Robert Smart carries a bit of security in his car's sun visor. It's a card that reads: DRIVER is DEAF.
Like many deaf drivers, Smart, a 59-year-old Arbutus resident, has suffered through long, confusing and potentially dangerous encounters with police during traffic stops because the officer did not know that Smart could not hear his instructions.
Smart hopes the card, which is being distributed to deaf drivers throughout the state by the Maryland Sheriffs' Association, will make future traffic stops easier.
Sheriffs' Association officials estimate they have handed out about 20,000 cards since the program began in the spring.
Some of the cards had been given out earlier by individual sheriff's offices and advocates for the deaf.
Volkswagen of America Inc. also is distributing the cards nationwide.
Deaf advocates estimate that more than half a million deaf and hearing-impaired people live in Maryland.
"The card is a big relief," Smart said through an interpreter. "The most important thing for a deaf person is communication, and when [police] don't know you're deaf ... bad things can happen."
Deaf and hearing-impaired drivers throughout the nation have complained that they cannot communicate with police officers during traffic stops. A West Virginia man who said a state sheriff's deputy did not give him a pen and paper during a 1999 traffic stop filed a lawsuit, saying he was not given necessary resources to communicate.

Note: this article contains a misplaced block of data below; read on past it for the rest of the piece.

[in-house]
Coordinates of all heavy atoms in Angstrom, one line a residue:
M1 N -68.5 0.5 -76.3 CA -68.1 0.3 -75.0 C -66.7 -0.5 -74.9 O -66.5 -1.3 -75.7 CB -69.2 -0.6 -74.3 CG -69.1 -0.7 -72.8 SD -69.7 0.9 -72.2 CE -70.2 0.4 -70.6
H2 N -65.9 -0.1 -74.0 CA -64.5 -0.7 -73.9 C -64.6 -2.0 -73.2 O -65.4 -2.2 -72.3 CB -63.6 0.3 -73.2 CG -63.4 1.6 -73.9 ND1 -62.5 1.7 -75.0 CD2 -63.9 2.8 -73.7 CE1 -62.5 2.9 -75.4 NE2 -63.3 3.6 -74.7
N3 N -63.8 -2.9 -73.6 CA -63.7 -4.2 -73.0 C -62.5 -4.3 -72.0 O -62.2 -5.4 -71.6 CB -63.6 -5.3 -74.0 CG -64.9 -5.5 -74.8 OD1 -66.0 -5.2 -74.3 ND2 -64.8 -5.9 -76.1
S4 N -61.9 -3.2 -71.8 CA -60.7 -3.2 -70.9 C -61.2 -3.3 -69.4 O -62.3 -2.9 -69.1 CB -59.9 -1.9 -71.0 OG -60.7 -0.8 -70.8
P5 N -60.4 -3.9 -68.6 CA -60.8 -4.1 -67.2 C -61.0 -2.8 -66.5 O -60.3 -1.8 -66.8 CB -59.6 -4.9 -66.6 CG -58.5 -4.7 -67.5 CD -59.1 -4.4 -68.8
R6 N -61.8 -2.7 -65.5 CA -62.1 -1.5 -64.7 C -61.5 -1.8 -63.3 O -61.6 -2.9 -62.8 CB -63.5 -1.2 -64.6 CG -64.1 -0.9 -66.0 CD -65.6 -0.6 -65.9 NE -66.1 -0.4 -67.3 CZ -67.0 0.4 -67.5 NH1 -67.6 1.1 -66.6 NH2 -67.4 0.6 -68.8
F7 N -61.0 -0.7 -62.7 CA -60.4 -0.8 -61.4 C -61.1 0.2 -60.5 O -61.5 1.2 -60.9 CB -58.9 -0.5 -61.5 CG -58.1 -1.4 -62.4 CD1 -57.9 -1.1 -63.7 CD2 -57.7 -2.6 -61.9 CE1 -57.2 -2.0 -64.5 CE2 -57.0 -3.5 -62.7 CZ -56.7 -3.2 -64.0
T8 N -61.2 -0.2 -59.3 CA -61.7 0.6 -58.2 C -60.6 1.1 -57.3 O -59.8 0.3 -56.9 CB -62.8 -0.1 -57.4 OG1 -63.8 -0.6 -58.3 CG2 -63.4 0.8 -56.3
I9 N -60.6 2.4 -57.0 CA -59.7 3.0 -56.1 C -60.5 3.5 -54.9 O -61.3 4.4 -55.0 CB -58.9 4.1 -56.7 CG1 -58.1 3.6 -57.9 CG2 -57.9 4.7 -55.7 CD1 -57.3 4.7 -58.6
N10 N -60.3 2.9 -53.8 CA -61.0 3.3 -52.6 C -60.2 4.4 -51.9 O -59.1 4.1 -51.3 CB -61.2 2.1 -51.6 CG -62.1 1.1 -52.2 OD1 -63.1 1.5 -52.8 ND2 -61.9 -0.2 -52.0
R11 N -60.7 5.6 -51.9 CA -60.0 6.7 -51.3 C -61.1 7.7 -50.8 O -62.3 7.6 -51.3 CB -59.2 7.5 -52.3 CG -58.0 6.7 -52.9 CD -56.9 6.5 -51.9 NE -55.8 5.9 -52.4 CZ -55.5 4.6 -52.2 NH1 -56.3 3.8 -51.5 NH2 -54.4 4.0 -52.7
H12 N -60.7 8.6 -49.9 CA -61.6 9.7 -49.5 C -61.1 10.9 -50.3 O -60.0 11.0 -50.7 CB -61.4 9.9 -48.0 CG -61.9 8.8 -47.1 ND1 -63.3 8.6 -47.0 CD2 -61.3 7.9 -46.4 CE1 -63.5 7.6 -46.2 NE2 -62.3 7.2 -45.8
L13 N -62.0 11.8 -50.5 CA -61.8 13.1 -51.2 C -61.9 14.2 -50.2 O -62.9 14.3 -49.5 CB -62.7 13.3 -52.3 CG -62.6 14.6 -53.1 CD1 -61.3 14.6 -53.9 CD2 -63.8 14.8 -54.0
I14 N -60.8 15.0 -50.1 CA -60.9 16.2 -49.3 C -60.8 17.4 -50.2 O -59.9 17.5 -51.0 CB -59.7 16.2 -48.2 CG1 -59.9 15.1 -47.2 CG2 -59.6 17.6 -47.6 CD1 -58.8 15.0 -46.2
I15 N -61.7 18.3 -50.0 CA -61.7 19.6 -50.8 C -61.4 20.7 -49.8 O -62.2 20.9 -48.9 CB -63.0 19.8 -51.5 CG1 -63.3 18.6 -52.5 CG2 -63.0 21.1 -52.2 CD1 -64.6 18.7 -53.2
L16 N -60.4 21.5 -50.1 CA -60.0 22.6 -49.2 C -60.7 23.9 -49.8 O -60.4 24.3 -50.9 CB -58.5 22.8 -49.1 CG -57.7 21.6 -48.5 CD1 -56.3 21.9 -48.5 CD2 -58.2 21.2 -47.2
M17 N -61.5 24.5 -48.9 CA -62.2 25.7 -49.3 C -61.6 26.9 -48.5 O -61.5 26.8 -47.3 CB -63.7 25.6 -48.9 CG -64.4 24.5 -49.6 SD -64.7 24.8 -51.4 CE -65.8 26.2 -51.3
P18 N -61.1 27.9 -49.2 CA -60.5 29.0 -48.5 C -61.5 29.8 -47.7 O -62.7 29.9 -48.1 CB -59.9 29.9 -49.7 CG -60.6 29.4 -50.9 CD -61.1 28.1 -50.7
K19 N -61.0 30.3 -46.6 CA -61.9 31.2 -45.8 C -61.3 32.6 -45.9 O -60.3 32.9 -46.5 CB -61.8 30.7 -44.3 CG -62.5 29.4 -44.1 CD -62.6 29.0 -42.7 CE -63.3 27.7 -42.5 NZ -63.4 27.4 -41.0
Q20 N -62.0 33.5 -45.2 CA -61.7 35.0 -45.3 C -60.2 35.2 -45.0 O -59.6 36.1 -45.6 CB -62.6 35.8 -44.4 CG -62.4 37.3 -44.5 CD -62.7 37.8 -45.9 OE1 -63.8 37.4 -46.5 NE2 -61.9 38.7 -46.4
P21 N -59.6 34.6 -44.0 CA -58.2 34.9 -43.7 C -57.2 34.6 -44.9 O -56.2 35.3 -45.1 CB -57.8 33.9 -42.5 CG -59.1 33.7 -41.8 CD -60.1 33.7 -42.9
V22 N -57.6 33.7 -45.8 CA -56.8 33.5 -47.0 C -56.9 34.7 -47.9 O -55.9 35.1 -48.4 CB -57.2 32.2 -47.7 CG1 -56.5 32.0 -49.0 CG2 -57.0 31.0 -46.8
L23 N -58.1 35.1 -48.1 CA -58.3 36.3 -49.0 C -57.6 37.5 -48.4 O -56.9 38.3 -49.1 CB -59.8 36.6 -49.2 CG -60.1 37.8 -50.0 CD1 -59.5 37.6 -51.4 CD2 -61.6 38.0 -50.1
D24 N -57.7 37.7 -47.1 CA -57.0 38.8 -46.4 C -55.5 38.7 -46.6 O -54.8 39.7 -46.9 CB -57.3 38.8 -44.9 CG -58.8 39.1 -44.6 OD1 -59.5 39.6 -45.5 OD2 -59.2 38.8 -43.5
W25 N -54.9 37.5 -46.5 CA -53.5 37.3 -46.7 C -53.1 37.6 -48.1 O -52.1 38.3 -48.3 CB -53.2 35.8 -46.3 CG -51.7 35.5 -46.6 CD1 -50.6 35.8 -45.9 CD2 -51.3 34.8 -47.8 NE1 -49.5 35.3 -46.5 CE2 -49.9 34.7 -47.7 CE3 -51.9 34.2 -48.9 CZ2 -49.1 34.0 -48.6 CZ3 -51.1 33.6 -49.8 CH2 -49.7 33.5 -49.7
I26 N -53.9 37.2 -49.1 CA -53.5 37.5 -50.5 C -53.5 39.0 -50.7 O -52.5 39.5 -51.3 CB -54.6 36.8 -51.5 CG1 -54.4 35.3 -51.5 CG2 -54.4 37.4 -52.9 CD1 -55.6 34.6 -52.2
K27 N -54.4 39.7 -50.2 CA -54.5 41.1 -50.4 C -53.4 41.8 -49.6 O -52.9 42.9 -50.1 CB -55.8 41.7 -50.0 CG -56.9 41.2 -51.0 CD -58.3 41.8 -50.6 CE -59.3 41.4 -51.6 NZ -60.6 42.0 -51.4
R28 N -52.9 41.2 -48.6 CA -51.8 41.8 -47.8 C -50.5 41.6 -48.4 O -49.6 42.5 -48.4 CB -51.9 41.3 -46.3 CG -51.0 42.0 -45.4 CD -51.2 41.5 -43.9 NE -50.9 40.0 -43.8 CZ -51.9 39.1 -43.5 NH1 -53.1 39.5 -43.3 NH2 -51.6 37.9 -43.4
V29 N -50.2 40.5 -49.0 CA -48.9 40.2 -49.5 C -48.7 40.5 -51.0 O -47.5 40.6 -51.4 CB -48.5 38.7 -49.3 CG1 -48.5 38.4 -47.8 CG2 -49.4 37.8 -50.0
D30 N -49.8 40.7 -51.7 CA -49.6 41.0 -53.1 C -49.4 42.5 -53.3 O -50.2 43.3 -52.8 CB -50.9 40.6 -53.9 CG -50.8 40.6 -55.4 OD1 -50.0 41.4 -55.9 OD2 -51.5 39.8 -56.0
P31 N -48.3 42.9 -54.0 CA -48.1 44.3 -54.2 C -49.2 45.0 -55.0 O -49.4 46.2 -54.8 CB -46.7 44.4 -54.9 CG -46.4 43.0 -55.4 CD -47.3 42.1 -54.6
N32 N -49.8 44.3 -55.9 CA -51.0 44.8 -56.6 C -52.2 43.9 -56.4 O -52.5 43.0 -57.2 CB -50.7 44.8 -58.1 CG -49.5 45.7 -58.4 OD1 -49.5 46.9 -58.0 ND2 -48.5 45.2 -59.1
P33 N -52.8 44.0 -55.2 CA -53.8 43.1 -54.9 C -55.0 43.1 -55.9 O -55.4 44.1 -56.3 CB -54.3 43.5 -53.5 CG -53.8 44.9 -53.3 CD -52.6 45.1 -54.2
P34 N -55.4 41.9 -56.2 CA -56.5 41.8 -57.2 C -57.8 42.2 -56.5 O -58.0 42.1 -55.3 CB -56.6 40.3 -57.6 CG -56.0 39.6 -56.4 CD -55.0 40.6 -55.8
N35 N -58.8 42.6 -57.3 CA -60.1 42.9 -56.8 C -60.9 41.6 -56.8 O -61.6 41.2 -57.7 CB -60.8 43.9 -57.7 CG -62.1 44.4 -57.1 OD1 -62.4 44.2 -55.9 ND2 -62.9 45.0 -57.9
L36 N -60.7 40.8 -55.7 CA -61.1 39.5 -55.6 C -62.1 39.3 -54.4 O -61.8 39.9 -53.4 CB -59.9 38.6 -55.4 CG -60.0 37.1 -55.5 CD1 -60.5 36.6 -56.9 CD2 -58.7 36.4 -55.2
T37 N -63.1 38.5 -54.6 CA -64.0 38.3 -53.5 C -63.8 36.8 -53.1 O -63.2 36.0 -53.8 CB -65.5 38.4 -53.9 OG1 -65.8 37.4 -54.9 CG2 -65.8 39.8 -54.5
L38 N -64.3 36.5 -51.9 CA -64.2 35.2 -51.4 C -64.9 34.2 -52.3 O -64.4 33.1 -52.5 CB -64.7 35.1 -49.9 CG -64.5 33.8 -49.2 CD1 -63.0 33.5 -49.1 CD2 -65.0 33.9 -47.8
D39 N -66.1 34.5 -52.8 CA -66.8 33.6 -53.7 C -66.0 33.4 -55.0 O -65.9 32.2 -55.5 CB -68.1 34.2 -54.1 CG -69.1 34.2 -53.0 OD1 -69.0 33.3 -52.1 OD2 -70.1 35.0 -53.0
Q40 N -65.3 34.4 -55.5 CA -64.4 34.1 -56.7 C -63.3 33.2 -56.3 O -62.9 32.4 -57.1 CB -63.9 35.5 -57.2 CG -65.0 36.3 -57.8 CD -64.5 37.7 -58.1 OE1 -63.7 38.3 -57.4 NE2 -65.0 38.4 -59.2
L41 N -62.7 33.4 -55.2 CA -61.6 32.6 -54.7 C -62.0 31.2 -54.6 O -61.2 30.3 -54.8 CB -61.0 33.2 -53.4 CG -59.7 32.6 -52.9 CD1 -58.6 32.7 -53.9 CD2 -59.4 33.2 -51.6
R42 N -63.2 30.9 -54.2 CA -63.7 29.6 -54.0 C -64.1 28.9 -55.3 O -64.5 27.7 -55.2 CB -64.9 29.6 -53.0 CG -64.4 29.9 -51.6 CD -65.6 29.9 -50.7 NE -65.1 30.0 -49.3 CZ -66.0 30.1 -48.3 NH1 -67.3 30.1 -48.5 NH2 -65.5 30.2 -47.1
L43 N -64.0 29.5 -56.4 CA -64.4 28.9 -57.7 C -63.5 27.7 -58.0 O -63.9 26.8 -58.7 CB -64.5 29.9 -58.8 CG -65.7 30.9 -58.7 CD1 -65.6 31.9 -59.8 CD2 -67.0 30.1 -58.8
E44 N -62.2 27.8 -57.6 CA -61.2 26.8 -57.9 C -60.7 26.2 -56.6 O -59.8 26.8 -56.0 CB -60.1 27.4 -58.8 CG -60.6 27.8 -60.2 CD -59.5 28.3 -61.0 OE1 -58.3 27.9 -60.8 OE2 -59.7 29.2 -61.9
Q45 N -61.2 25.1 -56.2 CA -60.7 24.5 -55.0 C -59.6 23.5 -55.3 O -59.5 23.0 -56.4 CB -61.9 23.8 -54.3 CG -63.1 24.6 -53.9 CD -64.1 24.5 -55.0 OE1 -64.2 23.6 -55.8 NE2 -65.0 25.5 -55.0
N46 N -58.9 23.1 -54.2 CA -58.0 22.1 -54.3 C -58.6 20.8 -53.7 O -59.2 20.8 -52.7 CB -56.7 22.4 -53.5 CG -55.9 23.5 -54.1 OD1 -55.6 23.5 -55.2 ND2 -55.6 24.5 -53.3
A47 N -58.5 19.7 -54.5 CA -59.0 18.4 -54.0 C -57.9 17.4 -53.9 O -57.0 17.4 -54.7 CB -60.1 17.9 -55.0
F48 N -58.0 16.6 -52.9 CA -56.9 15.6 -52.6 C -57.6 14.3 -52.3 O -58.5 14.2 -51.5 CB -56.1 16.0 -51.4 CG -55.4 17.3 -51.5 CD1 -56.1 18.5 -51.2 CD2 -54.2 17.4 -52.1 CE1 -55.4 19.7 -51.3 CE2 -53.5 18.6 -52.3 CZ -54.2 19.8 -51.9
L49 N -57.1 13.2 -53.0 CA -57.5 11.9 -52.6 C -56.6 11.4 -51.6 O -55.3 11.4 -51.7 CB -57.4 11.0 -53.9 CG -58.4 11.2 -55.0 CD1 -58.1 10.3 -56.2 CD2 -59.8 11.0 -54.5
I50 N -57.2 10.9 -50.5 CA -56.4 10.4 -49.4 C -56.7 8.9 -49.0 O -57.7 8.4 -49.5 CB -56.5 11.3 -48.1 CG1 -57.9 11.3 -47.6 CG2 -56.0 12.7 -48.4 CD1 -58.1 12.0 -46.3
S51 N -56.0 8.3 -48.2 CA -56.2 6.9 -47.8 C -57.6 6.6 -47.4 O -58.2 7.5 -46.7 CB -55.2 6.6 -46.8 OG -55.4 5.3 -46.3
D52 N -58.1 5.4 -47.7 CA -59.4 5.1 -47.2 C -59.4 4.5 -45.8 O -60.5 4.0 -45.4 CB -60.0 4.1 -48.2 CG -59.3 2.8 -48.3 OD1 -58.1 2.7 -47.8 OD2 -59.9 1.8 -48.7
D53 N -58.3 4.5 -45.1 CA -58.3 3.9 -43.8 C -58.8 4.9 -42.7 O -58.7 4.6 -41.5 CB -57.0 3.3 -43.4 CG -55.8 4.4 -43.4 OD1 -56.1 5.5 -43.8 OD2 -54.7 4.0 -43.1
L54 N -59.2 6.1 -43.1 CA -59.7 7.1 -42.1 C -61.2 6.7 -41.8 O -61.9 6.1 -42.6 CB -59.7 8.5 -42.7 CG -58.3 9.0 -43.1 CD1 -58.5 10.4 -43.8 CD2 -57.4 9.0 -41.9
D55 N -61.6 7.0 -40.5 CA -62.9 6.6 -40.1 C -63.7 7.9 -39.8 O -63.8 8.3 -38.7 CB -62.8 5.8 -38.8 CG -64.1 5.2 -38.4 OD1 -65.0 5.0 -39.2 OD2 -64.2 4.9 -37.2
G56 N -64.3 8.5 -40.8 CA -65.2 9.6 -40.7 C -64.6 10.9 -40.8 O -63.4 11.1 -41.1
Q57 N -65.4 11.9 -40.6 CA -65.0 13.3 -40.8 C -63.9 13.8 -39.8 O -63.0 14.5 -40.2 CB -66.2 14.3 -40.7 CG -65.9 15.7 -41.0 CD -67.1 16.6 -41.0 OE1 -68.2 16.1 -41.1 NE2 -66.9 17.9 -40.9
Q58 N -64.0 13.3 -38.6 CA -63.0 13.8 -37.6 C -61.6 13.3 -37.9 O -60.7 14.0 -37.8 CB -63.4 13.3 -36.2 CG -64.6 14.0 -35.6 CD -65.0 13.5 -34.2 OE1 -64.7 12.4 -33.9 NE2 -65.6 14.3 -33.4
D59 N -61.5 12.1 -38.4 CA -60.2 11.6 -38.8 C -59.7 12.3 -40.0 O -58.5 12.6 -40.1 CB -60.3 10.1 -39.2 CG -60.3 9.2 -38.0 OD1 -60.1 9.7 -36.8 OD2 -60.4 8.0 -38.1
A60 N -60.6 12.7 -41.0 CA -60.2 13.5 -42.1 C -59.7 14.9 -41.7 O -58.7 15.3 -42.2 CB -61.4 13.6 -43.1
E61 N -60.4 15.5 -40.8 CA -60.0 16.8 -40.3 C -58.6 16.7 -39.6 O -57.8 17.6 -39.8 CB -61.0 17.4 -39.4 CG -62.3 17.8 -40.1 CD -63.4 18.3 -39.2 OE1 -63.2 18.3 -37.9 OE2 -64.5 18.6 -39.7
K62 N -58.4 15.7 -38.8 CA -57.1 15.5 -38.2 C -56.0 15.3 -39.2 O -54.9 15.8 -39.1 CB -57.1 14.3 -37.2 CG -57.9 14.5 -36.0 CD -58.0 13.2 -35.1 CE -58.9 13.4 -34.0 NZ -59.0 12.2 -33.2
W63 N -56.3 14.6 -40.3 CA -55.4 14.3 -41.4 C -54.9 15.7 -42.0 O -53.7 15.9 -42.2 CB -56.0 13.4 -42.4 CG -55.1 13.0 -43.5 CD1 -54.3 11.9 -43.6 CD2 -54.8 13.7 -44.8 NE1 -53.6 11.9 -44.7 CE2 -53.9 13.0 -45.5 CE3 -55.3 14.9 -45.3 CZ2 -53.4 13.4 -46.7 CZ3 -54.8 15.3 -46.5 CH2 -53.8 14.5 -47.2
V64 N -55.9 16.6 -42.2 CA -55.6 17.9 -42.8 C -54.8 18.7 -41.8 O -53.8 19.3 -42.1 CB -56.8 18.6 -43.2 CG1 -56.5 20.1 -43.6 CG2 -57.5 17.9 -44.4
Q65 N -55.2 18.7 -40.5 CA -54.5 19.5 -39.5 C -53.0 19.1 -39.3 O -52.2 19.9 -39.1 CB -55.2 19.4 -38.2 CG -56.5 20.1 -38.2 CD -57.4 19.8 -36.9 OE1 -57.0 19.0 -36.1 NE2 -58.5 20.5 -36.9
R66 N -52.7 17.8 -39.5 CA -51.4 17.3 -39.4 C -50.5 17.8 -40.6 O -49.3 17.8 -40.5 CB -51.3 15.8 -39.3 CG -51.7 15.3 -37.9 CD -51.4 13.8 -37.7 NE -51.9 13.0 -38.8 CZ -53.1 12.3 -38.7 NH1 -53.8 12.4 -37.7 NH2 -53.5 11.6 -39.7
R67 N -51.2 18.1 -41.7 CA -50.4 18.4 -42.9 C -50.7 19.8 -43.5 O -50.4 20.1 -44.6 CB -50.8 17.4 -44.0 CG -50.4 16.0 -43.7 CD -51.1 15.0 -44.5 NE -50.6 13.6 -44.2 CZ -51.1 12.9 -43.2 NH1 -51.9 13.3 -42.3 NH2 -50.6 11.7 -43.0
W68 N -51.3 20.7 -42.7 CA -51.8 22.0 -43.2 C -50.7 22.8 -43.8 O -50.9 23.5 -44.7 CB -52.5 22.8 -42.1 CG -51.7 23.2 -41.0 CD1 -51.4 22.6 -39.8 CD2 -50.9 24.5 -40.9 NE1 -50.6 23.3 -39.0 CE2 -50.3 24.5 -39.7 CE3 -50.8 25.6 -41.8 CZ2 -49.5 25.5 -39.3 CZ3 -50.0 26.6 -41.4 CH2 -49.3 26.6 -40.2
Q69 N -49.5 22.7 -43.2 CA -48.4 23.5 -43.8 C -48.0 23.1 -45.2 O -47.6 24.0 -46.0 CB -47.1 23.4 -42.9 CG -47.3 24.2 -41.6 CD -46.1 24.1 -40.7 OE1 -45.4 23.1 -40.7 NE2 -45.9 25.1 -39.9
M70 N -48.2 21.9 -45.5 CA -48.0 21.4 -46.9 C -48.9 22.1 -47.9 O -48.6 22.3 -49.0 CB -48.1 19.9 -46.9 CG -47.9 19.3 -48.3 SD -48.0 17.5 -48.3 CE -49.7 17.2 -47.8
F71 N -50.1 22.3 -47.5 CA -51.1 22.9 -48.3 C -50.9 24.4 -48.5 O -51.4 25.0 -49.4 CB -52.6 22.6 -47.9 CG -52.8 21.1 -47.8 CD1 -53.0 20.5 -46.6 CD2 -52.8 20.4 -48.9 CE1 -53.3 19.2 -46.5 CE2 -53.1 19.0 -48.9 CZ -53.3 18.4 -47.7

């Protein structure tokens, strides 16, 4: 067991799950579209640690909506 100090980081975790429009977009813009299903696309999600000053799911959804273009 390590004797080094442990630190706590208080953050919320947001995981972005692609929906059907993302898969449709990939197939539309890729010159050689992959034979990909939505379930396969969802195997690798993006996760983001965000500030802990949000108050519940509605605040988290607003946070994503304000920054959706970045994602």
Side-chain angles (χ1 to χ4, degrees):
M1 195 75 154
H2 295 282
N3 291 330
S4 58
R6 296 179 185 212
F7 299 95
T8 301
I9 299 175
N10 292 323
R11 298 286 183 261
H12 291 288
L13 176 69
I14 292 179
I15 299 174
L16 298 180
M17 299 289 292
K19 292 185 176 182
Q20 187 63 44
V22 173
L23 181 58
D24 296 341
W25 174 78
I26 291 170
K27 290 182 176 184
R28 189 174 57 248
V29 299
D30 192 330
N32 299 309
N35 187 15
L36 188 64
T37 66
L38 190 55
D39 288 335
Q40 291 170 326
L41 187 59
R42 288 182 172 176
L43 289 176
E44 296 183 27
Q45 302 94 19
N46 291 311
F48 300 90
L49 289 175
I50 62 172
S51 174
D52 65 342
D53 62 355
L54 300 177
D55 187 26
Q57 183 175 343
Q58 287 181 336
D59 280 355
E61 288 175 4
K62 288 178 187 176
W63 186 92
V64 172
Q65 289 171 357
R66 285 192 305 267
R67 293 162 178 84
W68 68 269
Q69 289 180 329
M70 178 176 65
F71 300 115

"Getting pulled over for anyone is stressful, but it's especially touchy for a deaf person because there's this person of authority that has a gun and can put you under arrest, but they can't hear you," said Karen Dillon, a member of the Southern Maryland Interpreting Service.
Smart wishes he'd had the card about 10 years ago, when he and his wife were stopped on Interstate 76 near Pittsburgh as they were on their way home from a family reunion.
After a few minutes of shouting and gesturing -- at one point, the officer shined a flashlight on his mouth in the hope Smart could read his lips -- the officer finally led Smart to the front of the car to show him that his high beams were on.
Smart, a retired Sun employee, estimates the encounter lasted 10 minutes. "It should've taken two seconds," he said.
But Smart's encounter was mild compared with others. A U.S. Justice Department investigation found that two Wisconsin state troopers did not allow a deaf driver and his passenger to sign to each other during a traffic stop and wouldn't give the pair a pen and paper for communication.
Deaf advocates agree that police have a difficult job when they stop a deaf person, especially since a deaf person's first instinct is often to reach into the glove compartment to get a pen and paper, which police could easily mistake for a more serious action.
"That's the first thing they will go for ... even though an officer is saying: 'Don't go there, don't reach in there,'" said Fred Davis, Charles County sheriff and president of the Maryland Sheriffs' Association, and a strong supporter of the card.
In New Jersey, the Division of the Deaf and Hard of Hearing is considering adopting a similar card.
In Delaware, the Governor's Council on Deaf and Hard of Hearing also is expected to take steps to help deaf drivers. The visor cards "certainly seems to be logical," said council member Peg Stewart.
Meanwhile, in Maryland, the Sheriffs' Association is planning to order more visor cards, which also carry reminders that qualified interpreters must be provided upon request.
Smart has had his card for about a month and has not been pulled over during that time. But he knows exactly what he'll do the next time he sees flashing blue lights.
"I'll hand him my card and everything ... should be OK," he said.